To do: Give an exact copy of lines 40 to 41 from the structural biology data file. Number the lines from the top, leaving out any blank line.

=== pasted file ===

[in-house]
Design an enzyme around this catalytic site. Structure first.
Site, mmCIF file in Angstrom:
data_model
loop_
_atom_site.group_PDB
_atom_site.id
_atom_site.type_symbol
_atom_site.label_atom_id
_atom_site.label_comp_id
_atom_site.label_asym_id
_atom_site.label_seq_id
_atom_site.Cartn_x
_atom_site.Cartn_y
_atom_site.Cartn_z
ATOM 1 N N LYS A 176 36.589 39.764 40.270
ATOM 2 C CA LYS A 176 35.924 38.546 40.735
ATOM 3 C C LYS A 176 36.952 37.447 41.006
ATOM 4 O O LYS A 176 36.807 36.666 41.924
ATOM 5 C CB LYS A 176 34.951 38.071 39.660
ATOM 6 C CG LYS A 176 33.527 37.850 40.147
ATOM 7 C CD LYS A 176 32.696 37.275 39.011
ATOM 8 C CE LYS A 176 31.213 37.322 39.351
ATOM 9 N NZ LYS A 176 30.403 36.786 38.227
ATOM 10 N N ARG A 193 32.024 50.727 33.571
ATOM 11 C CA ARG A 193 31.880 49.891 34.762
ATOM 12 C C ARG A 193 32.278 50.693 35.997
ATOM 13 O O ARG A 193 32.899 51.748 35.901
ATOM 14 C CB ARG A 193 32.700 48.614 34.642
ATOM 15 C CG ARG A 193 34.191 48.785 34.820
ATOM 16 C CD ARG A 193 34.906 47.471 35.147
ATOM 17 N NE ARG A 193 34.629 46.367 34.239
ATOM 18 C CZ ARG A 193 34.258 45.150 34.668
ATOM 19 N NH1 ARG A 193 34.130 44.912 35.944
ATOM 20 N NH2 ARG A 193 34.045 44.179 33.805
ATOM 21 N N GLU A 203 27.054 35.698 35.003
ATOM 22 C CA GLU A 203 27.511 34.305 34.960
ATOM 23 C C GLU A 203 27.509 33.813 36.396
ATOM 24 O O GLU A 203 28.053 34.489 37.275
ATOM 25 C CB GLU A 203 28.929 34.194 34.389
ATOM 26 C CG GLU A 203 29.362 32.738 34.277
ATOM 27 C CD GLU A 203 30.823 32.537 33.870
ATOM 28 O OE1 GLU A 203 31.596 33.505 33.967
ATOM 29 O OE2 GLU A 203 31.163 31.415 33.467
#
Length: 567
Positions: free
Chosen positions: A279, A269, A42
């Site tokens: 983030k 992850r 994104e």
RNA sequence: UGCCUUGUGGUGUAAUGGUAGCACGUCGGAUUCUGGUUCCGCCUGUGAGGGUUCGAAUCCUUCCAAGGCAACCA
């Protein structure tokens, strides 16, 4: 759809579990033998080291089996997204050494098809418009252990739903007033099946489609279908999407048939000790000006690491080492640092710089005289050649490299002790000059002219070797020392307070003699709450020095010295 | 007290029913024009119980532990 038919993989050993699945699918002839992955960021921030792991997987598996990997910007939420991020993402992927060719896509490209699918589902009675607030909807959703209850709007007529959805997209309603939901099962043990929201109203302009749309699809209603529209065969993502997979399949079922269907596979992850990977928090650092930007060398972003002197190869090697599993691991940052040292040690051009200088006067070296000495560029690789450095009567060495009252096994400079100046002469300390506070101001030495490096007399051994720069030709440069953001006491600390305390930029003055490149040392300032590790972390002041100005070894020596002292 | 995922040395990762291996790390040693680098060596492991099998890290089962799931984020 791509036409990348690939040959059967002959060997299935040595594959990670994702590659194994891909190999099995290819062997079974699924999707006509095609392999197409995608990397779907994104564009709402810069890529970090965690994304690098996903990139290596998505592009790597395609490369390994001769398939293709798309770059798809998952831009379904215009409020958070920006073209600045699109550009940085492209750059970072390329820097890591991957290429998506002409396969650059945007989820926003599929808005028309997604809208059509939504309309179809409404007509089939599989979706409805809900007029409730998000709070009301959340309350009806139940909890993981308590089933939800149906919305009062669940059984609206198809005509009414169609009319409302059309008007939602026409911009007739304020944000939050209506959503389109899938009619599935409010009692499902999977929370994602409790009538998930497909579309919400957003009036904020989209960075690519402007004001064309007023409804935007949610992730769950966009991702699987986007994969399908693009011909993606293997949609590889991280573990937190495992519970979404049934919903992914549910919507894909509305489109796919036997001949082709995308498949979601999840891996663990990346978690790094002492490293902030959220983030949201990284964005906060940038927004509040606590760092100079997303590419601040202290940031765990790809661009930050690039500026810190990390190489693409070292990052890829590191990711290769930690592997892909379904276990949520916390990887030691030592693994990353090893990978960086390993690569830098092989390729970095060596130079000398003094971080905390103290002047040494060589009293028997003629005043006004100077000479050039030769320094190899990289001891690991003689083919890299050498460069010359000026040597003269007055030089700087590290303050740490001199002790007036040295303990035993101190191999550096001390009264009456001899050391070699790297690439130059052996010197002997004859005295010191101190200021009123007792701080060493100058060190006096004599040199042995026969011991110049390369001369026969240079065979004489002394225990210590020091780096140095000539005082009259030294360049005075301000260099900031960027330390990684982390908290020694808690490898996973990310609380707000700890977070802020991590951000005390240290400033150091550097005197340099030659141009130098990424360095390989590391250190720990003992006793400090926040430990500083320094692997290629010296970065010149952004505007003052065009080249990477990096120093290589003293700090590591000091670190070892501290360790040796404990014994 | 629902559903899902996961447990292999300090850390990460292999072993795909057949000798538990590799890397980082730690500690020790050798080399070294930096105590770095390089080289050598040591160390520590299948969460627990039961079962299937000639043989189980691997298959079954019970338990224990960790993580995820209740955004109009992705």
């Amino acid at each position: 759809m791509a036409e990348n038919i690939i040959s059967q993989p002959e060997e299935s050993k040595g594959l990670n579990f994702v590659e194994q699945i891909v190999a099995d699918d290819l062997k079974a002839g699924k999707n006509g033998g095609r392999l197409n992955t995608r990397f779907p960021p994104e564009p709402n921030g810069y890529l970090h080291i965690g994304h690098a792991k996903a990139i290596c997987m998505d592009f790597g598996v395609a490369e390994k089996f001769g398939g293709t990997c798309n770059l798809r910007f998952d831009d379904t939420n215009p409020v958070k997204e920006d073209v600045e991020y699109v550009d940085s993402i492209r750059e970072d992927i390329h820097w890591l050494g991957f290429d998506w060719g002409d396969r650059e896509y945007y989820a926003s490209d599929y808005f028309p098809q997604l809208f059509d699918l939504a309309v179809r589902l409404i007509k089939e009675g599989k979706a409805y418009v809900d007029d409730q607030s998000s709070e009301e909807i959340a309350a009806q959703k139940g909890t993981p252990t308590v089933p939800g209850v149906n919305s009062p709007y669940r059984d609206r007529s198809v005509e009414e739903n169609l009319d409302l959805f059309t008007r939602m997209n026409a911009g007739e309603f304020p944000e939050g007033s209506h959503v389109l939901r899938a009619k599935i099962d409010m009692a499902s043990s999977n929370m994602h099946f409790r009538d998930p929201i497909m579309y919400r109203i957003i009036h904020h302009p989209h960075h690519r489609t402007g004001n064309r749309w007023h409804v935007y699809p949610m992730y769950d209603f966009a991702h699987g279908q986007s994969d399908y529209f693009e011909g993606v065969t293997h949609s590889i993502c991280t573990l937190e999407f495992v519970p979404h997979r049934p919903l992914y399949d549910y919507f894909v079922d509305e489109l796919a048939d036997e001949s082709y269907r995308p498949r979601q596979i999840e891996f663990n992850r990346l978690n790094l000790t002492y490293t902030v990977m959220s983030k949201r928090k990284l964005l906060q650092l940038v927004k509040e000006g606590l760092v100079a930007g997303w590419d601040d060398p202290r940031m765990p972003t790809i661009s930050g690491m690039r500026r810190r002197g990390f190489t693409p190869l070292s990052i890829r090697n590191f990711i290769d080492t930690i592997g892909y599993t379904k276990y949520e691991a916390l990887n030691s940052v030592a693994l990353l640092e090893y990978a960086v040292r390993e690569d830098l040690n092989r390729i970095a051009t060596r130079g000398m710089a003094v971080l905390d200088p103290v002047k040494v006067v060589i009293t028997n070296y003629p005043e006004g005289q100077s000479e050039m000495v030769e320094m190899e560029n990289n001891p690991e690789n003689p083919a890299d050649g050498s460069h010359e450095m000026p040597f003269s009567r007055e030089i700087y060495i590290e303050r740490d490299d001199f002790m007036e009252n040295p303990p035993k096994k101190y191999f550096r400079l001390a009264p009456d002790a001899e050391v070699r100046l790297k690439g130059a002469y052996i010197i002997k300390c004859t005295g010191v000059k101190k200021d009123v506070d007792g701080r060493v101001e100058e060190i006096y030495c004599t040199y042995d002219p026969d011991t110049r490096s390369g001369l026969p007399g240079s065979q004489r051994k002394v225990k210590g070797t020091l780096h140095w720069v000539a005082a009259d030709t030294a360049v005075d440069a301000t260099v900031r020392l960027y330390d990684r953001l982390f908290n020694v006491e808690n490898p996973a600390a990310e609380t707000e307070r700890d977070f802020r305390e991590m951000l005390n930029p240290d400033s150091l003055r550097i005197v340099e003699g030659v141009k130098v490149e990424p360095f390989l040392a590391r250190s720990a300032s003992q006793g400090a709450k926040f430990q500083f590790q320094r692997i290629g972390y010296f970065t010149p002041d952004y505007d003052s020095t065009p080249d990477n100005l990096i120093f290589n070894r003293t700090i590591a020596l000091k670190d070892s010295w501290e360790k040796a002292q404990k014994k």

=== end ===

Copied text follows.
ATOM 25 C CB GLU A 203 28.929 34.194 34.389
ATOM 26 C CG GLU A 203 29.362 32.738 34.277